The cartoonist that almost wasn't
Interview By Ella Somers (she/her)
Sharon Murdoch thought of herself as a graphic designer before being encouraged to enter the world of cartooning. Since picking up her cartooning biro, Murdoch’s wickedly smart cartoons – which cover everything from the political and social spectrum of New Zealand to the entertaining life of Munro the cat – have seen her nominated for New Zealand Cartoonist of the Year multiple times and win the award in 2016, 2017 and 2018. She talks to Ella Somers about her cartoon beginnings, favourite sketchbooks and the cartoons closest to her heart.
When did your interest in cartooning start?
For years I thought of myself as a graphic designer – I trained as a graphic designer and worked mostly for the arts, unions, for a few years at the Wellington Media Collective, a kind of left-wing activist design group. At the time, I was living with a political cartoonist, Trace Hodgson, and he encouraged me to get into political cartooning, but I guess I wasn’t sure what I wanted to say. And also, he was very good, and I think that put me off because I thought I could never be as good as he was.
But quite a few years afterwards, when I had left the collective and the relationship, I drifted into it. It initially wasn’t a conscious decision – I had started doing more of a political illustration to go with a newspaper column, and the opportunity came up to try political cartooning. By then, I realised that I had things I wanted to say, and I had my own style – or rather, I thought of it as a lack of style – that wasn’t like Trace’s, but it was OK.
Favourite thing to cartoon?
People with big characters in political cartoons and animals and little people in non-political cartoons.
What does your cartooning routine or process look like? Do you start with a strong idea or just start drawing and see what happens?
Reading and listening to the radio, because I have to keep up with current events. I always have my sketchbook with me and note down any words or phrases that have struck me. Quite often, it might be a phrase I’ve heard that will be the starting point.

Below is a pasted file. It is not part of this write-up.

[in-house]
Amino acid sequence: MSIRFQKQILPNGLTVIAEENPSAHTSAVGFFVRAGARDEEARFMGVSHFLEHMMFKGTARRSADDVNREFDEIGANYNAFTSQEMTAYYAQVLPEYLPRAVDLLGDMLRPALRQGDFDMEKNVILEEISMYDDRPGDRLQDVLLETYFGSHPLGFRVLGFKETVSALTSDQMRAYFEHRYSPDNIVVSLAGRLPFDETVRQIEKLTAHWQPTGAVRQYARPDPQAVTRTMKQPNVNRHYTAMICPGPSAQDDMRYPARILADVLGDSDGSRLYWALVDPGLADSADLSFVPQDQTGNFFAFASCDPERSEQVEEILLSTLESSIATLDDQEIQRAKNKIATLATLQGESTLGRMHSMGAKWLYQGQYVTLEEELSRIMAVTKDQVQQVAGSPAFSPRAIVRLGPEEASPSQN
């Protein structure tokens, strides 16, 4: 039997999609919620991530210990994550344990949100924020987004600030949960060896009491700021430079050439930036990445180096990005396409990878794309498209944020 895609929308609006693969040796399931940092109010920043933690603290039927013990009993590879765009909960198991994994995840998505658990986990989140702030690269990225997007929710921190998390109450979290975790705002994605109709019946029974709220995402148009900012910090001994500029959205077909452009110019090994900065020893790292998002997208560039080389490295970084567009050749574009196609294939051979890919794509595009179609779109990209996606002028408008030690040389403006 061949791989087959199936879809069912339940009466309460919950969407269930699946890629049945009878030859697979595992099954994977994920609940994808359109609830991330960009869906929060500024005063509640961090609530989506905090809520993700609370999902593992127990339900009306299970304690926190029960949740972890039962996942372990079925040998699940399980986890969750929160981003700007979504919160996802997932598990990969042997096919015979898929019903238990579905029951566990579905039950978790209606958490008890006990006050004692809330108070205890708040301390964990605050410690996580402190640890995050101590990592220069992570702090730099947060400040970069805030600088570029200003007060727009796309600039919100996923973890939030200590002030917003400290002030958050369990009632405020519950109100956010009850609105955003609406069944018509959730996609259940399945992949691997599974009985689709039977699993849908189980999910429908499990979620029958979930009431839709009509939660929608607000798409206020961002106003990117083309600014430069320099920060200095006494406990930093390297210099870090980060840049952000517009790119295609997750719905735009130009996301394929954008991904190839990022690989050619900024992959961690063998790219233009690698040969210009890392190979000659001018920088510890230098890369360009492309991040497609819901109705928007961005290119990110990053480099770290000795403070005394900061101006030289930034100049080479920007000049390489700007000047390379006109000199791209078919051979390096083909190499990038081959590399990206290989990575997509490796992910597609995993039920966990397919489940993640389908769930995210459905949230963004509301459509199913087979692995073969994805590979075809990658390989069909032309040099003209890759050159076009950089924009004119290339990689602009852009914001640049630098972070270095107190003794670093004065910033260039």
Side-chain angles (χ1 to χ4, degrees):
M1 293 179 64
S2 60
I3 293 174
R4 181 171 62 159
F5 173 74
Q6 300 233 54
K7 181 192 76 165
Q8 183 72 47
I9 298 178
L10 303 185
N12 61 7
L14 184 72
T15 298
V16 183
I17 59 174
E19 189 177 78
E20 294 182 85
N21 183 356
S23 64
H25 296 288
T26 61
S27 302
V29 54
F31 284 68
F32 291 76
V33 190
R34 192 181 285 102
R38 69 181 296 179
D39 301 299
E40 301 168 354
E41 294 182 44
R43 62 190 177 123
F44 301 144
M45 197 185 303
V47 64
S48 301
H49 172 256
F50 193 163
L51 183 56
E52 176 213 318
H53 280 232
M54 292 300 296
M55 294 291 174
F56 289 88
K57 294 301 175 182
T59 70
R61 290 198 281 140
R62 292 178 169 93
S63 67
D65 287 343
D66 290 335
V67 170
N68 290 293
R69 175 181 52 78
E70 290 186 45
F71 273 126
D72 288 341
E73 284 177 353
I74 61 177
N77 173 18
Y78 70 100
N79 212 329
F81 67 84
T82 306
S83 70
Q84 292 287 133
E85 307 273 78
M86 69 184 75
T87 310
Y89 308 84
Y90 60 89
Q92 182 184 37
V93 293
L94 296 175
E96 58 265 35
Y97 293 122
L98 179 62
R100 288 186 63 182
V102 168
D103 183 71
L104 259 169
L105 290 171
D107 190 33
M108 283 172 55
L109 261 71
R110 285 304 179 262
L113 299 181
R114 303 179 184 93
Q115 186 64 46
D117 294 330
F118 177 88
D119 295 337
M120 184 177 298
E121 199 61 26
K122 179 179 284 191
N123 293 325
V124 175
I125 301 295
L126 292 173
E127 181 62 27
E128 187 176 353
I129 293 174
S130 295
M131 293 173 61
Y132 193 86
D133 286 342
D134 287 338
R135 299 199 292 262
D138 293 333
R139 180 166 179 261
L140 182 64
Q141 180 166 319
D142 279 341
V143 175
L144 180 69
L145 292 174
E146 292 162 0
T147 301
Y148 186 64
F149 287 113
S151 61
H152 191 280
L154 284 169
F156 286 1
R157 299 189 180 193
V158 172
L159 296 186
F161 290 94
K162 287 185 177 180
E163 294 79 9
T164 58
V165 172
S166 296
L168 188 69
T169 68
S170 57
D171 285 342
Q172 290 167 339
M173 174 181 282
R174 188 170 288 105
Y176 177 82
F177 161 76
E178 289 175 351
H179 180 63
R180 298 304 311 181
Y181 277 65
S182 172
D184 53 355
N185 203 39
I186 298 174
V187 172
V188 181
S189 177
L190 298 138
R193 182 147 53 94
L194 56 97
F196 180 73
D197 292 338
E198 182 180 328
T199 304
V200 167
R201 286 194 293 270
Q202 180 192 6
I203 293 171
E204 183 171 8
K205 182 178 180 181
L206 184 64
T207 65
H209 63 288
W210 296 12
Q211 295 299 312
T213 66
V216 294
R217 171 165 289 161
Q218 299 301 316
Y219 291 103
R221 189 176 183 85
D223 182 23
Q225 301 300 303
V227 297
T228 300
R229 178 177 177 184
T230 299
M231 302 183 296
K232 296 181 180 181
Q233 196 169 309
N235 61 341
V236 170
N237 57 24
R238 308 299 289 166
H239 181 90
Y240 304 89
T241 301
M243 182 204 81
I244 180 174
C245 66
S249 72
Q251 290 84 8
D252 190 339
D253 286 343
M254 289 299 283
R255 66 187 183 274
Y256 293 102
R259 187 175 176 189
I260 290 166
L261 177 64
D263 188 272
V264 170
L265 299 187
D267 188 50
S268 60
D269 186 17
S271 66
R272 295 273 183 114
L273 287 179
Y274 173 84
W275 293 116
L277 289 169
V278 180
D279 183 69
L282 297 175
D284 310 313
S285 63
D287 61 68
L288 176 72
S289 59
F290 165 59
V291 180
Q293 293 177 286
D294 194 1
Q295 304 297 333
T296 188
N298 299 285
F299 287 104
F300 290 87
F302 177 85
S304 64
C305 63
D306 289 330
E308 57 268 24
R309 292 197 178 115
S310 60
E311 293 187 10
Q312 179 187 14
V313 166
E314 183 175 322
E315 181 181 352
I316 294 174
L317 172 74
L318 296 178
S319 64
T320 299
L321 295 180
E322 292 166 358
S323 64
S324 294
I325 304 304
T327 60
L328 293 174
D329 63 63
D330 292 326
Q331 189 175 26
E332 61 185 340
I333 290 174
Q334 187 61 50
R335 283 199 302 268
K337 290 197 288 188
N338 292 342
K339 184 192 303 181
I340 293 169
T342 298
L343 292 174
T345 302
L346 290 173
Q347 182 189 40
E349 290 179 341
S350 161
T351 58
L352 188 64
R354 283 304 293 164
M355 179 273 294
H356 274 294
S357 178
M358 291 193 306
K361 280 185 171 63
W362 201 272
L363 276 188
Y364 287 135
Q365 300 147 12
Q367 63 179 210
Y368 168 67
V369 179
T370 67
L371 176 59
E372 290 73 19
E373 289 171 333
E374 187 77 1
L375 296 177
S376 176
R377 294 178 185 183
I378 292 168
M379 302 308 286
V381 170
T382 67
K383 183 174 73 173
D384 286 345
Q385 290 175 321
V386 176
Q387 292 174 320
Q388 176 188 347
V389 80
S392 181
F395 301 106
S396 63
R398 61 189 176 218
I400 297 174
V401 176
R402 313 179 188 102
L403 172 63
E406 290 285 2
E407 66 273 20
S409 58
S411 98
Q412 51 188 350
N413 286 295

I have a particular kind of sketchbook I use – they were from a shop called Japan City, and when they closed, I bought up all of the ones they had. I often think that when I run out of those sketchbooks, I’ll stop cartooning.
Really nice sketchbooks aren’t very productive because I’m scared of ruining them with my drawings. I draw in my sketchbooks with a biro. If I used a pencil, I would always be rubbing out, but a biro keeps me from getting too precious about the drawings. It also keeps them spontaneous.
I used to use pen and ink to do the finished drawing, but since the lockdown, I have been using Procreate on an iPad Pro. I photograph the sketch, place it in Procreate and base my drawing on that. Quite often, it changes directions halfway through.
What are some of your favourite cartoons you’ve drawn and why?
I suppose because I trained as a designer, I tend to like my cartoons that are graphically strong. Or I like the cartoons that have little people going about their business. As in the drawings are little. And some are close to my heart because they are about something I really care about – climate, animal rights, that sort of thing.
What is something you wish you’d known about cartooning before you started?
There isn’t only one way to do it.